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Quantum-Inspired MNIST

Posted on December 17, 2021, By Brian N. Siegelwax



It doesn’t get easier than this….


What if you could do Machine Learning without building and training a model? What if you could forget about weights and activation functions and optimizers? What if you could exchange normalization and derivatives for addition and subtraction?


You can.


I’ll use classification as an example, using the MNIST dataset. This should work for clustering, as well, since the quantum algorithm that inspired this experiment works for both.


MNIST, for those who don’t know, is a popular dataset of handwritten digits, the numbers 0 through 9. The goal of the MNIST exercise is to take a handwritten single-digit number and accurately identify it as the number it’s intended to be. And, it’s probably impossible to get into Machine Learning without encountering it, because it’s a clean dataset. You can focus on building and training your model, not on cleaning your data.


quantum classification


How does classical classification work?

At its most fundamental level, classification starts with inputs and outputs and we determine “weights" that, when multiplied by the inputs, produce the known outputs. We then multiply those weights by test inputs and obtain outputs that suggest the most likely classification for each input.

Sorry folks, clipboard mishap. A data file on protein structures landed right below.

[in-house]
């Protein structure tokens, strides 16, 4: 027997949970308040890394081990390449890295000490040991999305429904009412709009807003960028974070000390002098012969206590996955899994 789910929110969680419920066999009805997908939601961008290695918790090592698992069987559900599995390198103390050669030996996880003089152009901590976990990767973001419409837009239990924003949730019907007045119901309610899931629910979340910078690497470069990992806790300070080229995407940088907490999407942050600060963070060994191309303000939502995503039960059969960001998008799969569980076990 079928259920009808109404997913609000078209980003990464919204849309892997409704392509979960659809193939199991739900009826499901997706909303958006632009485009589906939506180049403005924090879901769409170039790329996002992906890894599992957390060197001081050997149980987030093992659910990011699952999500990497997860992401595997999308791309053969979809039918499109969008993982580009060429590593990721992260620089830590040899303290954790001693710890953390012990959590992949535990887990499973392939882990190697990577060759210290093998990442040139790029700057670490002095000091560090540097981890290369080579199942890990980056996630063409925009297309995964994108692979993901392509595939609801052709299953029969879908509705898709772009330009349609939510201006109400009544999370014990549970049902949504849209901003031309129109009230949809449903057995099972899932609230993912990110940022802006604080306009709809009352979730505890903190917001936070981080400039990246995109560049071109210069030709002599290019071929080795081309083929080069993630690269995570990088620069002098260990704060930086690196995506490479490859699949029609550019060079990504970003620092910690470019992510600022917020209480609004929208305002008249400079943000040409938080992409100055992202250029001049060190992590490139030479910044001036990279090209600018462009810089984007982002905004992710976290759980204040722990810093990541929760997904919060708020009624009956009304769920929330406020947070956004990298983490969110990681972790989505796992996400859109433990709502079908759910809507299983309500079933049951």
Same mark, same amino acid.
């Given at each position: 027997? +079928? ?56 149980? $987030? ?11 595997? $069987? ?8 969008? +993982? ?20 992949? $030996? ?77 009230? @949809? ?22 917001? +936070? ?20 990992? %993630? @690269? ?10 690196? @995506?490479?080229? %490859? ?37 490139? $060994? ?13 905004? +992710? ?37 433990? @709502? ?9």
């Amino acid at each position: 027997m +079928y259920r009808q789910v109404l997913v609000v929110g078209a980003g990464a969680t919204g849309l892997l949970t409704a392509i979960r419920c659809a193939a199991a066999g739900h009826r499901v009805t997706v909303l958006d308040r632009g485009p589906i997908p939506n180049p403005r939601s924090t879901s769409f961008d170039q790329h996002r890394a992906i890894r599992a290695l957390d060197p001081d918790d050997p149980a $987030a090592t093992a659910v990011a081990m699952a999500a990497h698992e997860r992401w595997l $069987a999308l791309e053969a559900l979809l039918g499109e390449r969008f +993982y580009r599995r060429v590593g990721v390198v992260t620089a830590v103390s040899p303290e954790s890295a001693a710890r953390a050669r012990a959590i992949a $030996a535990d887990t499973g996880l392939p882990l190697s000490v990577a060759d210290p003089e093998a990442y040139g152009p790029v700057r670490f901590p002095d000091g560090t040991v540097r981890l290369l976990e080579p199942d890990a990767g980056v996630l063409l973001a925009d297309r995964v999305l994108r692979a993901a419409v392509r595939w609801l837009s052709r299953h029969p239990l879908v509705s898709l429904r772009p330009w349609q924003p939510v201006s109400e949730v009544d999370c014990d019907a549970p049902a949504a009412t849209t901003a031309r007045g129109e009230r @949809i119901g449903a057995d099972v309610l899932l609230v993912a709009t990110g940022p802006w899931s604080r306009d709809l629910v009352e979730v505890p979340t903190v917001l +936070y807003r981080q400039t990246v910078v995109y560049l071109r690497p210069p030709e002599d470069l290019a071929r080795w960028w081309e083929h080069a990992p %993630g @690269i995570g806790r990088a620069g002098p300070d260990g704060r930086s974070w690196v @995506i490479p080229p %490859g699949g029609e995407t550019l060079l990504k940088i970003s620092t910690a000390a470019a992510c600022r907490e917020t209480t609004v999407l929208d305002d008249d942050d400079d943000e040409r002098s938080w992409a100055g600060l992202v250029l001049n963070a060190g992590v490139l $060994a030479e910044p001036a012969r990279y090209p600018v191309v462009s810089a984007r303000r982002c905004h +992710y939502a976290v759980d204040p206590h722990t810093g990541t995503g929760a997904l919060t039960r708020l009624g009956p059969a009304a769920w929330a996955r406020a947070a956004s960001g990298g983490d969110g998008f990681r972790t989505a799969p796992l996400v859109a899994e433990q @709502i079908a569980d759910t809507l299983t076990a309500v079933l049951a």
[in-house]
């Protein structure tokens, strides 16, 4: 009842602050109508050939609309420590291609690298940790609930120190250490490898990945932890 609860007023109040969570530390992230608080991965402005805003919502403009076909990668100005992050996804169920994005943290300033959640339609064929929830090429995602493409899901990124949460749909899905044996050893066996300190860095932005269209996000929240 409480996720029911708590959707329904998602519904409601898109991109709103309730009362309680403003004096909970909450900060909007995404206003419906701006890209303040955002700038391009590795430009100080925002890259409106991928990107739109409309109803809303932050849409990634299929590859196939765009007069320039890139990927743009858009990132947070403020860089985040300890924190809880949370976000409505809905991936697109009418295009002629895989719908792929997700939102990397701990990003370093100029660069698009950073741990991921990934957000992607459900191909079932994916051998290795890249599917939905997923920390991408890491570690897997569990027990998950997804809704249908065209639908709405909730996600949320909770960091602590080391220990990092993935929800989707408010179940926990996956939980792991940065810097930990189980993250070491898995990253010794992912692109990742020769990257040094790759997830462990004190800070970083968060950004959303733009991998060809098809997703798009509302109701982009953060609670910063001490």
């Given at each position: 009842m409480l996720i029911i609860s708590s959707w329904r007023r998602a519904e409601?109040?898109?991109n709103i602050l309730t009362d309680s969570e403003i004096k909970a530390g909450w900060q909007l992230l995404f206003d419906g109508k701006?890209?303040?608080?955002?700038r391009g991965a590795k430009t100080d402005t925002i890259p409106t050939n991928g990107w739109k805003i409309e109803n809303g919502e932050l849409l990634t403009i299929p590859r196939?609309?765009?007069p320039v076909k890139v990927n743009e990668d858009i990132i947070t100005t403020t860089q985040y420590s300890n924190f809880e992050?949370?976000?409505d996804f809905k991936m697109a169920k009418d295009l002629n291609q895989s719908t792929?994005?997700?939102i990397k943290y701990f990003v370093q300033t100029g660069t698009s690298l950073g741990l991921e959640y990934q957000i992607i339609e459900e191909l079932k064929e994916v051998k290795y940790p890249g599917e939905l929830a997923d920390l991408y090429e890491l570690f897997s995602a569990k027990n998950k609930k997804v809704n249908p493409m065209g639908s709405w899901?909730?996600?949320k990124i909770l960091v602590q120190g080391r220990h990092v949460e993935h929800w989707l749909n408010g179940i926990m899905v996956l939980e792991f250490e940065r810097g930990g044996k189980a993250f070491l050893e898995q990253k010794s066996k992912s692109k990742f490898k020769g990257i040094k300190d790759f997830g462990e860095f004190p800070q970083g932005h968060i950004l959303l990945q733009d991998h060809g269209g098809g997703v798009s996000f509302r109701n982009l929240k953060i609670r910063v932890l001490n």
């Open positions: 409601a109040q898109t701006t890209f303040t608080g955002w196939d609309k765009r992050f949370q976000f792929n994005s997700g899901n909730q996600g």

inputs * weights = outputs


Well, that doesn’t seem so hard, does it? What’s so challenging about that?


The challenge is efficiently finding the weights. We start off multiplying the inputs by random weights, determine how far away we are from the known outputs, and adjust the weights in small increments. We do this many, many times, until the small weight adjustments reduce the distances between the weighted inputs and the outputs to their lowest possible values.


But, how big should those adjustments be? What if we’re too liberal and we overshoot our target? Or, what if we’re too conservative and training takes forever? Then, we’ll need another model to tune our hyperparameters?


So, basic classification is conceptually simple, but it can get complicated. We’re on a quest to optimize both runtime and accuracy.


Quantum MNIST


How does quantum classification work?


With classical classification, we use weighting to reduce the “distances” between the inputs and the outputs. The word “distances” is important, because there is a quantum algorithm called the SWAP Test which also goes by the name inner products, kernel methods, and, most importantly for this discussion, distance measures. If we map our classical data to quantum states, the SWAP Test determines how close or how distant two quantum states are.


The difference between classical classification and quantum classification is that we don’t need weighting, and we don’t need to do any adjusting. We just measure. If our test data measures closest to classification A, then that’s the likely classification for our test data. If, on the other hand, our data point measures closest to classification B, then that’s the likely classification instead. It’s that simple.



canonical SWAP Test


What is quantum-inspired classification?


What if we do the same thing classically that we do quantumly, and just determine the distance between values?

distance += absolute_value(MNIST_value - test_data_value)